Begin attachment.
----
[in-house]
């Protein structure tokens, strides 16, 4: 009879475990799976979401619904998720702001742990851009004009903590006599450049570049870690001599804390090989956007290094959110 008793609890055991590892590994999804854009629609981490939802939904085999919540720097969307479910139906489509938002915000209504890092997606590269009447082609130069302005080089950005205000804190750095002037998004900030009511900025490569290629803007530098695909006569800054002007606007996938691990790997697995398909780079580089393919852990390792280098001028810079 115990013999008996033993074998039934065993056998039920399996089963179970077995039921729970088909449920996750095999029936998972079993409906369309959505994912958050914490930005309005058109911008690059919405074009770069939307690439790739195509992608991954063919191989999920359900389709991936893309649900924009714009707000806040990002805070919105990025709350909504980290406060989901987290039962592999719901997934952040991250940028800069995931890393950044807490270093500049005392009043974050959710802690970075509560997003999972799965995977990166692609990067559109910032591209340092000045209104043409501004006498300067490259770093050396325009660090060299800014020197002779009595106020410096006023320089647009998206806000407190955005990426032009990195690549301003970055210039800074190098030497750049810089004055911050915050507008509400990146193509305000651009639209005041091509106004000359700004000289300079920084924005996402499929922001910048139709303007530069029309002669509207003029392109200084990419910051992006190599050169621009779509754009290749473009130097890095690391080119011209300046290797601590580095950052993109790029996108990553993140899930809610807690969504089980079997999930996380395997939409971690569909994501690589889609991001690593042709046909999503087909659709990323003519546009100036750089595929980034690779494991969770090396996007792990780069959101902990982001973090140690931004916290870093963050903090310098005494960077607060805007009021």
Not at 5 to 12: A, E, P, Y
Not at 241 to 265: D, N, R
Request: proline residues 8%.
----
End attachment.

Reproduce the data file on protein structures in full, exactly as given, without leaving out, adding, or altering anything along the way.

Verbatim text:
[in-house]
């Protein structure tokens, strides 16, 4: 009879475990799976979401619904998720702001742990851009004009903590006599450049570049870690001599804390090989956007290094959110 008793609890055991590892590994999804854009629609981490939802939904085999919540720097969307479910139906489509938002915000209504890092997606590269009447082609130069302005080089950005205000804190750095002037998004900030009511900025490569290629803007530098695909006569800054002007606007996938691990790997697995398909780079580089393919852990390792280098001028810079 115990013999008996033993074998039934065993056998039920399996089963179970077995039921729970088909449920996750095999029936998972079993409906369309959505994912958050914490930005309005058109911008690059919405074009770069939307690439790739195509992608991954063919191989999920359900389709991936893309649900924009714009707000806040990002805070919105990025709350909504980290406060989901987290039962592999719901997934952040991250940028800069995931890393950044807490270093500049005392009043974050959710802690970075509560997003999972799965995977990166692609990067559109910032591209340092000045209104043409501004006498300067490259770093050396325009660090060299800014020197002779009595106020410096006023320089647009998206806000407190955005990426032009990195690549301003970055210039800074190098030497750049810089004055911050915050507008509400990146193509305000651009639209005041091509106004000359700004000289300079920084924005996402499929922001910048139709303007530069029309002669509207003029392109200084990419910051992006190599050169621009779509754009290749473009130097890095690391080119011209300046290797601590580095950052993109790029996108990553993140899930809610807690969504089980079997999930996380395997939409971690569909994501690589889609991001690593042709046909999503087909659709990323003519546009100036750089595929980034690779494991969770090396996007792990780069959101902990982001973090140690931004916290870093963050903090310098005494960077607060805007009021």
Not at 5 to 12: A, E, P, Y
Not at 241 to 265: D, N, R
Request: proline residues 8%.